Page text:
So, now … upon hearing this, she announced that she would be beautiful all the time because he had respected her enough to let her be in charge of her own life.

And, the moral to this story …

Scroll down

The moral is ...

If you don't let a woman have her own way ...

Things are going to get ugly!

* * *


A guy goes on vacation in the Holy Land with his wife and mother-in-law.

The mother-in-law dies.

So, the couple goes to an undertaker who explains that they can ship the body home, but it will cost over $5,000, whereas burying her in the Holy Land would cost only $150.

“We’ll ship her home,” says the husband. The undertaker asks, “Are you sure? That’s an awfully big expense and we can do a very nice burial here.”

The husband says, “Look, over 2,000 years ago they buried a guy here and three days later he rose from the dead. I just can’t take that chance.”

* * *


This obituary was published several years ago in the London Times and still regarded as an all-time classic …

Today we mourn the passing of a beloved old friend, Common Sense, who has been with us for many years. No one knows for sure how old he was, since his birth records were long ago lost in bureaucratic red tape. He will be remembered as having cultivated such valuable lessons as:

* -- Knowing when to come in out of the rain;

* -- Why the early bird gets the worm;

* -- Life isn't always fair;

* -- And maybe it was my fault.

Common Sense lived by simple, sound financial policies (don't spend more than you can earn) and reliable strategies (adults, not children, are in charge).

His health began to deteriorate rapidly when well-intentioned but overbearing regulations were set in place. Reports of a 6-year-old boy charged with sexual harassment for kissing a classmate; teens suspended from school for using mouthwash after lunch; and a teacher fired for reprimanding an unruly student, only worsened his condition.

Common Sense lost ground when parents attacked teachers for doing the job that they themselves had failed to do in disciplining their unruly children. It declined even further when schools were required to get parental consent to administer sun lotion or an aspirin to a student; but could not inform parents when a student became pregnant and wanted to have an abortion.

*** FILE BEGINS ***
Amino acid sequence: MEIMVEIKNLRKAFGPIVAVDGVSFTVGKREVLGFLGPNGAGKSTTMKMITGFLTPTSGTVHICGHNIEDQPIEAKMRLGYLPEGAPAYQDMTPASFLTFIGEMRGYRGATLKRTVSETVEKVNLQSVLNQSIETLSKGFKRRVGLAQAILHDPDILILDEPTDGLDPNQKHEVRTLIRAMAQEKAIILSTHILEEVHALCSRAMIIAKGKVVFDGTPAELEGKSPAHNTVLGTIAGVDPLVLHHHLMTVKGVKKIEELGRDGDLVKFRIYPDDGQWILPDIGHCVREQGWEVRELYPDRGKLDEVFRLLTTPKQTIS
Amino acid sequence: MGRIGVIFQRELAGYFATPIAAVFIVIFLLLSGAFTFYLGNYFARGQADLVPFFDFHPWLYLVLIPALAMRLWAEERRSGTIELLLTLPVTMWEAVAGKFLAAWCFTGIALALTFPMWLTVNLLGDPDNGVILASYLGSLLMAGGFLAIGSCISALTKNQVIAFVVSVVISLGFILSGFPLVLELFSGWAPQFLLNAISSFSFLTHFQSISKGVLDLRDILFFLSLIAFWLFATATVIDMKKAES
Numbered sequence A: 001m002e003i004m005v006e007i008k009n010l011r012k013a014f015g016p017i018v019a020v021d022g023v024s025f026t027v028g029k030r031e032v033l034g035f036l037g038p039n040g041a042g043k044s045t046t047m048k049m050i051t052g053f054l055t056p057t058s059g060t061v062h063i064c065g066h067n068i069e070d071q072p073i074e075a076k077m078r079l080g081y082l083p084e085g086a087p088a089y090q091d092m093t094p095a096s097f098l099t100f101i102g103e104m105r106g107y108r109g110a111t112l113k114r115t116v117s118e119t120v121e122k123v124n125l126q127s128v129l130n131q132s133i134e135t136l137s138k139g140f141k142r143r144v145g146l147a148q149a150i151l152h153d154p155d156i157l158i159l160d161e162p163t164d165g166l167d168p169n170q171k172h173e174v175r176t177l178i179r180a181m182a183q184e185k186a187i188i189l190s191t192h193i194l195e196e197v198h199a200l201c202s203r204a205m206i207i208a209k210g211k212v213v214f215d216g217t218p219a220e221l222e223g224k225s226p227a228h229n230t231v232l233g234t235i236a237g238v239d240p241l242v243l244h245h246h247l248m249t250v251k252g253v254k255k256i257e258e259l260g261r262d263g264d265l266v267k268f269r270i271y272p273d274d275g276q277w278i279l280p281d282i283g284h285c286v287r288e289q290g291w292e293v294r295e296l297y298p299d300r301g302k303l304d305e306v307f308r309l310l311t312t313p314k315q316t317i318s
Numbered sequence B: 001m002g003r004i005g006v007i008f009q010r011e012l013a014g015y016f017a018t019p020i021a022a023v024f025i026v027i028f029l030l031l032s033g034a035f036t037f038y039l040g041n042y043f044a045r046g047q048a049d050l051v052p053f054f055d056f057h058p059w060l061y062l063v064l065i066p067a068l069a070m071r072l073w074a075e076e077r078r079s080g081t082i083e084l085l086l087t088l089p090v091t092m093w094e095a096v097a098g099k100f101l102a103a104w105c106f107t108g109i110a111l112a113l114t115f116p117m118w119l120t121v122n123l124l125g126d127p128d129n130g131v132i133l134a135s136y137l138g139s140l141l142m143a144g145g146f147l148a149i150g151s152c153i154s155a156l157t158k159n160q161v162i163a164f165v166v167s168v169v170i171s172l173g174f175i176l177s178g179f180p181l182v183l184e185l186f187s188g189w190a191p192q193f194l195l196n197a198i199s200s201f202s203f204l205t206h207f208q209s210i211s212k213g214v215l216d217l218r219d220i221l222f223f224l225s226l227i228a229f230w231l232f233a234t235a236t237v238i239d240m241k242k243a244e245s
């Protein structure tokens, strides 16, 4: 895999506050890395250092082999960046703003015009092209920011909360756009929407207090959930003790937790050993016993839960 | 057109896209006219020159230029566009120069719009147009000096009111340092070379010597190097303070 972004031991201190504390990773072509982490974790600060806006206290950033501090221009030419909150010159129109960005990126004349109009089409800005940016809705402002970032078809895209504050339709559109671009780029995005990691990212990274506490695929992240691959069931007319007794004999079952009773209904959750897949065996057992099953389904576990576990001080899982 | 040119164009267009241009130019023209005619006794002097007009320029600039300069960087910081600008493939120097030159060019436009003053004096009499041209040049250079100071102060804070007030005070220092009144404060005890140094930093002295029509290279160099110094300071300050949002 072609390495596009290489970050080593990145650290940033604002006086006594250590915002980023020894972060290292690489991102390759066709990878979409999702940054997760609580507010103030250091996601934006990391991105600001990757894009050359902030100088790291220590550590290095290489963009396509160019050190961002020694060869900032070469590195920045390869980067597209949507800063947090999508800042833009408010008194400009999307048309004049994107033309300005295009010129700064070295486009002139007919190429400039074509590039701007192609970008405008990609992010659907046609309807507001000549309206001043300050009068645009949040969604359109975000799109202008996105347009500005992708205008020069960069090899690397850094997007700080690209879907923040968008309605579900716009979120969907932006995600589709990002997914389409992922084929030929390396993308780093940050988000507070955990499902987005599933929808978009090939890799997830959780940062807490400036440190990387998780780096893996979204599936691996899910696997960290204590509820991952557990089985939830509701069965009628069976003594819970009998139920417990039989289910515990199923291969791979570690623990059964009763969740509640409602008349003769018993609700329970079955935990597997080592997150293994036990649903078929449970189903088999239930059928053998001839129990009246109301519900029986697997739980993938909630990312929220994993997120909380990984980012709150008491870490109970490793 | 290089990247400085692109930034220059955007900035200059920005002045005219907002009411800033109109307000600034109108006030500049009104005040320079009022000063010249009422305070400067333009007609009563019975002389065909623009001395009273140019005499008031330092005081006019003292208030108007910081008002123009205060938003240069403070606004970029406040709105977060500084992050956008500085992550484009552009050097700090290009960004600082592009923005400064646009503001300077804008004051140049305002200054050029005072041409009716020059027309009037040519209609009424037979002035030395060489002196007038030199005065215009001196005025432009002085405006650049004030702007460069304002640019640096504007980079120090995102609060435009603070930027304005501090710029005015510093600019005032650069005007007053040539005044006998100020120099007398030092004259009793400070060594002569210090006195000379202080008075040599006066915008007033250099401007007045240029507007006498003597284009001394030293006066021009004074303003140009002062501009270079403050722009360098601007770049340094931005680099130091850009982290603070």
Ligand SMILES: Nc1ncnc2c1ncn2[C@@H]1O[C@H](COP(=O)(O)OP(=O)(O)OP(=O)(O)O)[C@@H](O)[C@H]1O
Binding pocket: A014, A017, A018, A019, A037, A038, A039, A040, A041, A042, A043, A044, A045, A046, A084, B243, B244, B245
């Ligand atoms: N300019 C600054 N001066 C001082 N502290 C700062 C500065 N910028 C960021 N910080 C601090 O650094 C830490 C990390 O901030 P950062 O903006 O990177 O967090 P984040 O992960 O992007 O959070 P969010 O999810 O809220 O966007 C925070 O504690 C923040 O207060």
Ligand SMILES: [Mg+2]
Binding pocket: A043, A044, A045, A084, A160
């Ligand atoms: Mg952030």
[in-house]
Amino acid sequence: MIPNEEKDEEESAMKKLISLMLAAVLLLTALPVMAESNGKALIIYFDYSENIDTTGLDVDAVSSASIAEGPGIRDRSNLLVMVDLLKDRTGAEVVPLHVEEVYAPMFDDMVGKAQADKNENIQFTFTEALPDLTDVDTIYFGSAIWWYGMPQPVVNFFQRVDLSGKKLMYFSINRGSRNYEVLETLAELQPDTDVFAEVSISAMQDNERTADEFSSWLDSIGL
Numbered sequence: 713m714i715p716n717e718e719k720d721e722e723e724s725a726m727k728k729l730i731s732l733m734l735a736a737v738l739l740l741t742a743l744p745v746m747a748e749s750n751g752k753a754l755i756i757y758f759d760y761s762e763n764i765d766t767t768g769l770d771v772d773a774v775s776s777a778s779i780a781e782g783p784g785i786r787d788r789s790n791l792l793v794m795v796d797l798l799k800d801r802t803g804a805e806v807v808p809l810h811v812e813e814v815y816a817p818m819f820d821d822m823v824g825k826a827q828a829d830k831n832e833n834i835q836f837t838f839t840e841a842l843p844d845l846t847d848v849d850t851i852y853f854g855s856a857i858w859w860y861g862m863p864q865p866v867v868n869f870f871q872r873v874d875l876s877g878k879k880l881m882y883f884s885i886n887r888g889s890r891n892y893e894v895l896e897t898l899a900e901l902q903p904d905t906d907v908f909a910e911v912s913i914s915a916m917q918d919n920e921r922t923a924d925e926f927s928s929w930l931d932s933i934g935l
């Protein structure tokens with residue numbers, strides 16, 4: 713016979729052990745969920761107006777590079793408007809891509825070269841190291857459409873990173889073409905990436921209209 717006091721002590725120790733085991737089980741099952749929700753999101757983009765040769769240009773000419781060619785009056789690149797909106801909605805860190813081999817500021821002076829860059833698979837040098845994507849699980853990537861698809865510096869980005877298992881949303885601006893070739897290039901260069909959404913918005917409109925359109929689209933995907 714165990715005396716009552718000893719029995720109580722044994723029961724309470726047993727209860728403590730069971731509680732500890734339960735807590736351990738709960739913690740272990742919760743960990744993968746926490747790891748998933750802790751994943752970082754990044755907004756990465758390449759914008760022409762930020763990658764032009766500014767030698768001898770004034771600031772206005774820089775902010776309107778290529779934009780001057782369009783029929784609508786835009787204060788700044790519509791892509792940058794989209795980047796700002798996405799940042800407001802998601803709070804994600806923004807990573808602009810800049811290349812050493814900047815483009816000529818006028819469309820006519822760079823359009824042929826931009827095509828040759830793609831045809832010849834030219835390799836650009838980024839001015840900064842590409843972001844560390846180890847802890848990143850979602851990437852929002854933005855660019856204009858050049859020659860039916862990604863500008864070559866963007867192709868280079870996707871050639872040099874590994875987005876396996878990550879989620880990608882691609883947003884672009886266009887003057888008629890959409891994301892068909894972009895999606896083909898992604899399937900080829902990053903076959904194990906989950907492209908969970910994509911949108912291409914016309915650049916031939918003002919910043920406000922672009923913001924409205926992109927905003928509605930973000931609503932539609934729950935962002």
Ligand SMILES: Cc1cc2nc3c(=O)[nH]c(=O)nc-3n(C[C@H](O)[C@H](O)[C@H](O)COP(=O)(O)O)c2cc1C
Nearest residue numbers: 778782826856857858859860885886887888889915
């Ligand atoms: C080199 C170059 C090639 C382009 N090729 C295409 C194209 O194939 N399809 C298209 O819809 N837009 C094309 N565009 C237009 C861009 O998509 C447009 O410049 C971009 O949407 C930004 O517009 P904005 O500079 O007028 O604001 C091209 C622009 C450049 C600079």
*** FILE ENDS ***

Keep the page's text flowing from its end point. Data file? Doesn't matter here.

Common Sense lost the will to live as the churches became businesses; and criminals received better treatment than their victims.

Common Sense took a beating when you couldn't defend yourself from a burglar in your own home and the burglar could sue you for assault.

Common Sense finally gave up the will to live, after a woman failed to realize that a steaming cup of coffee was hot. She spilled a little in her lap, and was promptly awarded a huge settlement.

Common Sense was preceded in death by his parents, Truth and Trust; by his wife, Discretion; by his daughter, Responsibility and, by his son, Reason.

He is survived by his 5 stepchildren:

* -- I Know My Rights

* -- I Want It Now

* -- Someone Else Is To Blame

* -- I'm A Victim

* -- Pay me for Doing Nothing

Not many attended his funeral because so few realized he was gone. If you still remember him, pass this on. If not, join the majority and do nothing

* * *


On Mothers Day, the mother of three little kids was showered with kisses, hugs, cheerios for breakfast in bed, dandelions from the yard, and crayon drawings. As much as she loved it, all the activity made the house a bigger mess than usual. After a long day, she finally got the kids in bed. All she wanted to do was clean up and relax.

She put on an old gown from the back of the closet, went into the bathroom and coated her face with thick, white facial cream. Then she started washing her hair.

But the kids were not settling down. She could hear them talking, giggling, jumping on the beds. Finally, in exasperation she wrapped her head in a towel, ran into their bedroom and sternly told them to calm down and go to sleep.

After she left, she overheard the youngest one ask, “Who was that?”

* * *

BEST VIDEO OF THE WEEK – Glenn Draper, aptly described as the greatest choir master in the South, had a special song that he and the Chattanooga First Presbyterian Church Choir had finally perfected. It was so important Glenn’s wife and two songs came from out of town. Many of his best graduates volunteered and, to this day, Draper’s skill was never better when his choir sang Lee Greenwood’s triumphant “God Bless The USA.” Minutes after the service ended Draper and singers were darned near mobbed but … wait … up walked a stranger in boots and cowboy fittings. With tears freely flowing down his face, he told Glenn, “I have waited for years to hear the song finally done as I have envisioned. You, sir, just did exactly that … Glenn … my name is Lee Greenwood.” And Lee Greenwood was among those in attendance at Dr. Draper's funeral at First Pres. When Dr. Draper died last month and choirs of angels trumpeted high about the clouds … I suspect there might have been the slightest, yet still notable, before some rich baritone voice finally began to guide Greenwood’s voice towards its crescendo:

(To sing along with Lee Greenwood, CLICK HERE)

“ … And I'm proud to be an American,

Where at least I know I'm free.

And I wont forget the men who died,

Who gave that right to me.

And I gladly stand up,

Next to you and defend her still today.

Cause there ain't no doubt I love this land,

God bless the USA!

* * *